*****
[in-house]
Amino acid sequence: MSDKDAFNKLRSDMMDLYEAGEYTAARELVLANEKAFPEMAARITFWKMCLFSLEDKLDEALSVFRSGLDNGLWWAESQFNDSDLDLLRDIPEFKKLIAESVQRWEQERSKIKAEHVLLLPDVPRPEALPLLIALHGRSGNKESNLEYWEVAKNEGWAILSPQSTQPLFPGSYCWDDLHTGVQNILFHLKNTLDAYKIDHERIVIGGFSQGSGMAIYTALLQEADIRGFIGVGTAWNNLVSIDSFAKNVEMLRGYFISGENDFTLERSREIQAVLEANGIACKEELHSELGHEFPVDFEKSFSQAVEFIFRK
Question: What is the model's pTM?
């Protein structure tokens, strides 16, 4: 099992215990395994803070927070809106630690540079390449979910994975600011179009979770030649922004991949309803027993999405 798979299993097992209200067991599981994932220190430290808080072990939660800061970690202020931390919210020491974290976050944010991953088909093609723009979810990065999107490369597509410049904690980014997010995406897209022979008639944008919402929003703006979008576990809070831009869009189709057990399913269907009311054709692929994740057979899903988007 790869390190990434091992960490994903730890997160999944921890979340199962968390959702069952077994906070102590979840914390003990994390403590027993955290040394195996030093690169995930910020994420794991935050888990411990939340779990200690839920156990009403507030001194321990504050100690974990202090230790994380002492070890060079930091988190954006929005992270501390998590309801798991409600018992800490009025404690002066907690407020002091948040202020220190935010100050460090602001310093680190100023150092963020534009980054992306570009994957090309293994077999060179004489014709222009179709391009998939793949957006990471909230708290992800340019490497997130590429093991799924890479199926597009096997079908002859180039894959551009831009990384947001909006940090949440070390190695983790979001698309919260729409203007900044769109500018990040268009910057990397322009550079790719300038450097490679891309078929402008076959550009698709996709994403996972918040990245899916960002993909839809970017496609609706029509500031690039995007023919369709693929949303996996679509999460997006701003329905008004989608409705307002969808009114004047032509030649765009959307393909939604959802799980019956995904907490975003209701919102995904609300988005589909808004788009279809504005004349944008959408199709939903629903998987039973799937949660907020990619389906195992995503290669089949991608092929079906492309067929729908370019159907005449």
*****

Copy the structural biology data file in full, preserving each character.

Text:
[in-house]
Amino acid sequence: MSDKDAFNKLRSDMMDLYEAGEYTAARELVLANEKAFPEMAARITFWKMCLFSLEDKLDEALSVFRSGLDNGLWWAESQFNDSDLDLLRDIPEFKKLIAESVQRWEQERSKIKAEHVLLLPDVPRPEALPLLIALHGRSGNKESNLEYWEVAKNEGWAILSPQSTQPLFPGSYCWDDLHTGVQNILFHLKNTLDAYKIDHERIVIGGFSQGSGMAIYTALLQEADIRGFIGVGTAWNNLVSIDSFAKNVEMLRGYFISGENDFTLERSREIQAVLEANGIACKEELHSELGHEFPVDFEKSFSQAVEFIFRK
Question: What is the model's pTM?
């Protein structure tokens, strides 16, 4: 099992215990395994803070927070809106630690540079390449979910994975600011179009979770030649922004991949309803027993999405 798979299993097992209200067991599981994932220190430290808080072990939660800061970690202020931390919210020491974290976050944010991953088909093609723009979810990065999107490369597509410049904690980014997010995406897209022979008639944008919402929003703006979008576990809070831009869009189709057990399913269907009311054709692929994740057979899903988007 790869390190990434091992960490994903730890997160999944921890979340199962968390959702069952077994906070102590979840914390003990994390403590027993955290040394195996030093690169995930910020994420794991935050888990411990939340779990200690839920156990009403507030001194321990504050100690974990202090230790994380002492070890060079930091988190954006929005992270501390998590309801798991409600018992800490009025404690002066907690407020002091948040202020220190935010100050460090602001310093680190100023150092963020534009980054992306570009994957090309293994077999060179004489014709222009179709391009998939793949957006990471909230708290992800340019490497997130590429093991799924890479199926597009096997079908002859180039894959551009831009990384947001909006940090949440070390190695983790979001698309919260729409203007900044769109500018990040268009910057990397322009550079790719300038450097490679891309078929402008076959550009698709996709994403996972918040990245899916960002993909839809970017496609609706029509500031690039995007023919369709693929949303996996679509999460997006701003329905008004989608409705307002969808009114004047032509030649765009959307393909939604959802799980019956995904907490975003209701919102995904609300988005589909808004788009279809504005004349944008959408199709939903629903998987039973799937949660907020990619389906195992995503290669089949991608092929079906492309067929729908370019159907005449």